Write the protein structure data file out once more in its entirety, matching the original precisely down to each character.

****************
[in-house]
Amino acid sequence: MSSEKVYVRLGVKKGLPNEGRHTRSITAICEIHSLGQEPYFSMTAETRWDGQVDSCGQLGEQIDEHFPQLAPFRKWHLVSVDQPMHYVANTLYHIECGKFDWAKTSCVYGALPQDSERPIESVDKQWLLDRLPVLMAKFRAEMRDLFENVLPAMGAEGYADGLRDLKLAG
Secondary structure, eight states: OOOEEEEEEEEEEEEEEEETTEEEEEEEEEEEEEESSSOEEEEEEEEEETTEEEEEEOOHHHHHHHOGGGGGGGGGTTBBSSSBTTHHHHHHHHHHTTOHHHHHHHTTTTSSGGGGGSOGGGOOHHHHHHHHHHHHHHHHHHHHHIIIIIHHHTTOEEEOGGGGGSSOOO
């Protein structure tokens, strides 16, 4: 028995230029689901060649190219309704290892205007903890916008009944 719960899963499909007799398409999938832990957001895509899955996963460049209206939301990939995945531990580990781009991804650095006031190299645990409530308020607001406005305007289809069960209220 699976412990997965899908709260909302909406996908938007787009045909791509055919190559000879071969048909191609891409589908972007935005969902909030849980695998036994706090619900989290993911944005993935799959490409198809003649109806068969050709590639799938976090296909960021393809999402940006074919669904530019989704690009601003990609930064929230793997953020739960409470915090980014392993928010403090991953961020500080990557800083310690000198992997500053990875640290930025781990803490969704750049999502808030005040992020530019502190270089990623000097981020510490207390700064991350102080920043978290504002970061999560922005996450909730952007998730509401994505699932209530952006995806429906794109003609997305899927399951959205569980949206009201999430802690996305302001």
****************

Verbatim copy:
[in-house]
Amino acid sequence: MSSEKVYVRLGVKKGLPNEGRHTRSITAICEIHSLGQEPYFSMTAETRWDGQVDSCGQLGEQIDEHFPQLAPFRKWHLVSVDQPMHYVANTLYHIECGKFDWAKTSCVYGALPQDSERPIESVDKQWLLDRLPVLMAKFRAEMRDLFENVLPAMGAEGYADGLRDLKLAG
Secondary structure, eight states: OOOEEEEEEEEEEEEEEEETTEEEEEEEEEEEEEESSSOEEEEEEEEEETTEEEEEEOOHHHHHHHOGGGGGGGGGTTBBSSSBTTHHHHHHHHHHTTOHHHHHHHTTTTSSGGGGGSOGGGOOHHHHHHHHHHHHHHHHHHHHHIIIIIHHHTTOEEEOGGGGGSSOOO
């Protein structure tokens, strides 16, 4: 028995230029689901060649190219309704290892205007903890916008009944 719960899963499909007799398409999938832990957001895509899955996963460049209206939301990939995945531990580990781009991804650095006031190299645990409530308020607001406005305007289809069960209220 699976412990997965899908709260909302909406996908938007787009045909791509055919190559000879071969048909191609891409589908972007935005969902909030849980695998036994706090619900989290993911944005993935799959490409198809003649109806068969050709590639799938976090296909960021393809999402940006074919669904530019989704690009601003990609930064929230793997953020739960409470915090980014392993928010403090991953961020500080990557800083310690000198992997500053990875640290930025781990803490969704750049999502808030005040992020530019502190270089990623000097981020510490207390700064991350102080920043978290504002970061999560922005996450909730952007998730509401994505699932209530952006995806429906794109003609997305899927399951959205569980949206009201999430802690996305302001």